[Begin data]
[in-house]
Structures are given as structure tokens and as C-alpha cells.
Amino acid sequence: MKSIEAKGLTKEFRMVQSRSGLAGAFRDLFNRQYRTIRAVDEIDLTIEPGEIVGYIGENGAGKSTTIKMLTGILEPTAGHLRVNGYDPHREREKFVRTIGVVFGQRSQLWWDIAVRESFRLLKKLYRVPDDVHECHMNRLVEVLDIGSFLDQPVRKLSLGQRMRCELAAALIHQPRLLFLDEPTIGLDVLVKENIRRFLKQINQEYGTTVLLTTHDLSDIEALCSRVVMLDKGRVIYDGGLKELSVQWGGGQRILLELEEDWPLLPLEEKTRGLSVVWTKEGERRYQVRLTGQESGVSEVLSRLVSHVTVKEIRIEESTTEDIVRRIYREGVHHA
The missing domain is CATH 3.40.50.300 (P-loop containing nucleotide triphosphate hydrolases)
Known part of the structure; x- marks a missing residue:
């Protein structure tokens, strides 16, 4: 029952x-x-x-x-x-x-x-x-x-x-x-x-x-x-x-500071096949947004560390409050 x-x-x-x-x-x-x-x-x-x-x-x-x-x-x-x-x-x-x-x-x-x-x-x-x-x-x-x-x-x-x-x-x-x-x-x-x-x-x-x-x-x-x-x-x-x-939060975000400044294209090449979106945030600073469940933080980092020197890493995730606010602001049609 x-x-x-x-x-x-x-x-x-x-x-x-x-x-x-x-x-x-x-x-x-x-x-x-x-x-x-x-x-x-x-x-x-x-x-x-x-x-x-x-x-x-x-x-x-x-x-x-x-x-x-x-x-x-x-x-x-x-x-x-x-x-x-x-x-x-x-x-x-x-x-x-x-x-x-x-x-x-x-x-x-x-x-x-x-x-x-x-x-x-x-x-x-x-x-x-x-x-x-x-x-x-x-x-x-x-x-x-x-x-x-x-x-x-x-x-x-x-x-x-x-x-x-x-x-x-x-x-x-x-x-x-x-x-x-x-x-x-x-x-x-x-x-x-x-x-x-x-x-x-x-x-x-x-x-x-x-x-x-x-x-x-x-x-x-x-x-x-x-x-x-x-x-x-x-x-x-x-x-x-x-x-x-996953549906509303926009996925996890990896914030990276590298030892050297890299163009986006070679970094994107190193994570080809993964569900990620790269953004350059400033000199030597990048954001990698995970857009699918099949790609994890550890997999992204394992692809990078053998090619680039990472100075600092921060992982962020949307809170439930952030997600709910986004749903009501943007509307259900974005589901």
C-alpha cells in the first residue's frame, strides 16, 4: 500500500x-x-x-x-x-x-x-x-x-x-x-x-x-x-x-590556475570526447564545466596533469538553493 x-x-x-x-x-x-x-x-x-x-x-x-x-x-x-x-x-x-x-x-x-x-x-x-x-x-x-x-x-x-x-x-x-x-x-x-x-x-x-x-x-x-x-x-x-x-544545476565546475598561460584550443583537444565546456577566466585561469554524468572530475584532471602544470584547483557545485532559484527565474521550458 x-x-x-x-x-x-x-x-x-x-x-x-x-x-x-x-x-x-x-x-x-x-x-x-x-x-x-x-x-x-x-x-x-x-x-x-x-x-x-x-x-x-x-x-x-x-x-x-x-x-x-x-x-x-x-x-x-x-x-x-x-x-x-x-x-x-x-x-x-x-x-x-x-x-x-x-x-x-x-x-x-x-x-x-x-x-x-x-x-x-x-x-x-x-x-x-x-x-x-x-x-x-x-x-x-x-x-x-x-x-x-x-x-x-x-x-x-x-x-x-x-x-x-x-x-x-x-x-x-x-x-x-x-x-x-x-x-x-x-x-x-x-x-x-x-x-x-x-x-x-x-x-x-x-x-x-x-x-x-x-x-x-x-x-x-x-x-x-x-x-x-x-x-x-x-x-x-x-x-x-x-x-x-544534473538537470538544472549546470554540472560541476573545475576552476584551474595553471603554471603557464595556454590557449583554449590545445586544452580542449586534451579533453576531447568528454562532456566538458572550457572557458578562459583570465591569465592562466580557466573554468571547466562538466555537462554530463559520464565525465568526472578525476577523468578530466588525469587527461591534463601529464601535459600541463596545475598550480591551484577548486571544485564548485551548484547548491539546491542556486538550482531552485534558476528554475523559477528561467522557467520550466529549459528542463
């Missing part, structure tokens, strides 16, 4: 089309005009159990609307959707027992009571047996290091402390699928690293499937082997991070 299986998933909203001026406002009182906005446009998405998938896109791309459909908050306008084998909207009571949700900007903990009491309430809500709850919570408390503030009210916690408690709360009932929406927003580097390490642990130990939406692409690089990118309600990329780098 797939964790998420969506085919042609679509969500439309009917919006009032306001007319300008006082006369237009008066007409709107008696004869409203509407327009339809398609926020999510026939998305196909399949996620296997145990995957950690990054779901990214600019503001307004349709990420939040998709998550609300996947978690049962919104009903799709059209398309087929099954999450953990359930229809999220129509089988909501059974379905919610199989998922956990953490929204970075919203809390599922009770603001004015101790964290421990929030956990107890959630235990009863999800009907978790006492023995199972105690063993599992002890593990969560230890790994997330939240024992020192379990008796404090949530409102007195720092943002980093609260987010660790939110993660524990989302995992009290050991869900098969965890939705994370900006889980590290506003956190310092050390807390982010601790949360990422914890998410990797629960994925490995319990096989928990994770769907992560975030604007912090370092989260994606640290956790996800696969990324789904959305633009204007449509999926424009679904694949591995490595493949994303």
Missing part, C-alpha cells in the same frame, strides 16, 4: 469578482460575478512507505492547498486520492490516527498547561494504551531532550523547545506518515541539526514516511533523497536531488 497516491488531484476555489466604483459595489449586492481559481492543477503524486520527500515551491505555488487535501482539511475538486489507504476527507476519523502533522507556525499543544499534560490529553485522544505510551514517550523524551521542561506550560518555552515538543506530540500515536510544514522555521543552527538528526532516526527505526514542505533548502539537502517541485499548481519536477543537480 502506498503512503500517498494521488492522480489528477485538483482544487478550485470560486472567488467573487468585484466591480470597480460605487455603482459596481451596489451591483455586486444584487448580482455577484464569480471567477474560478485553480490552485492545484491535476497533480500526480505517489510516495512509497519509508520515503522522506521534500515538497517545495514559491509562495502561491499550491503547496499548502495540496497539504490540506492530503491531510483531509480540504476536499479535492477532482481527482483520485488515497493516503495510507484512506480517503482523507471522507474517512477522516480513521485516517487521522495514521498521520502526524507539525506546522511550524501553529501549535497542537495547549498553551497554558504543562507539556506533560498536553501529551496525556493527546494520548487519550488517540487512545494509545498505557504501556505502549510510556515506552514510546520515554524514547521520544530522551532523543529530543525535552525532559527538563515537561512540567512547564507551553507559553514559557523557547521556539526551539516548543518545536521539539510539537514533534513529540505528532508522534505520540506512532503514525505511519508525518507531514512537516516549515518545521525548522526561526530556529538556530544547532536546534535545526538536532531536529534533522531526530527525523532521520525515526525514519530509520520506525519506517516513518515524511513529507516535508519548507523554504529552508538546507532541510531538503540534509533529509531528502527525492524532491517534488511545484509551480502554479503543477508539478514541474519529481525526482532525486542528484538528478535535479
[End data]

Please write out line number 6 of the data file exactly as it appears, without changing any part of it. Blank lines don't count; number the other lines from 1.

């Protein structure tokens, strides 16, 4: 029952x-x-x-x-x-x-x-x-x-x-x-x-x-x-x-500071096949947004560390409050 x-x-x-x-x-x-x-x-x-x-x-x-x-x-x-x-x-x-x-x-x-x-x-x-x-x-x-x-x-x-x-x-x-x-x-x-x-x-x-x-x-x-x-x-x-x-939060975000400044294209090449979106945030600073469940933080980092020197890493995730606010602001049609 x-x-x-x-x-x-x-x-x-x-x-x-x-x-x-x-x-x-x-x-x-x-x-x-x-x-x-x-x-x-x-x-x-x-x-x-x-x-x-x-x-x-x-x-x-x-x-x-x-x-x-x-x-x-x-x-x-x-x-x-x-x-x-x-x-x-x-x-x-x-x-x-x-x-x-x-x-x-x-x-x-x-x-x-x-x-x-x-x-x-x-x-x-x-x-x-x-x-x-x-x-x-x-x-x-x-x-x-x-x-x-x-x-x-x-x-x-x-x-x-x-x-x-x-x-x-x-x-x-x-x-x-x-x-x-x-x-x-x-x-x-x-x-x-x-x-x-x-x-x-x-x-x-x-x-x-x-x-x-x-x-x-x-x-x-x-x-x-x-x-x-x-x-x-x-x-x-x-x-x-x-x-x-996953549906509303926009996925996890990896914030990276590298030892050297890299163009986006070679970094994107190193994570080809993964569900990620790269953004350059400033000199030597990048954001990698995970857009699918099949790609994890550890997999992204394992692809990078053998090619680039990472100075600092921060992982962020949307809170439930952030997600709910986004749903009501943007509307259900974005589901």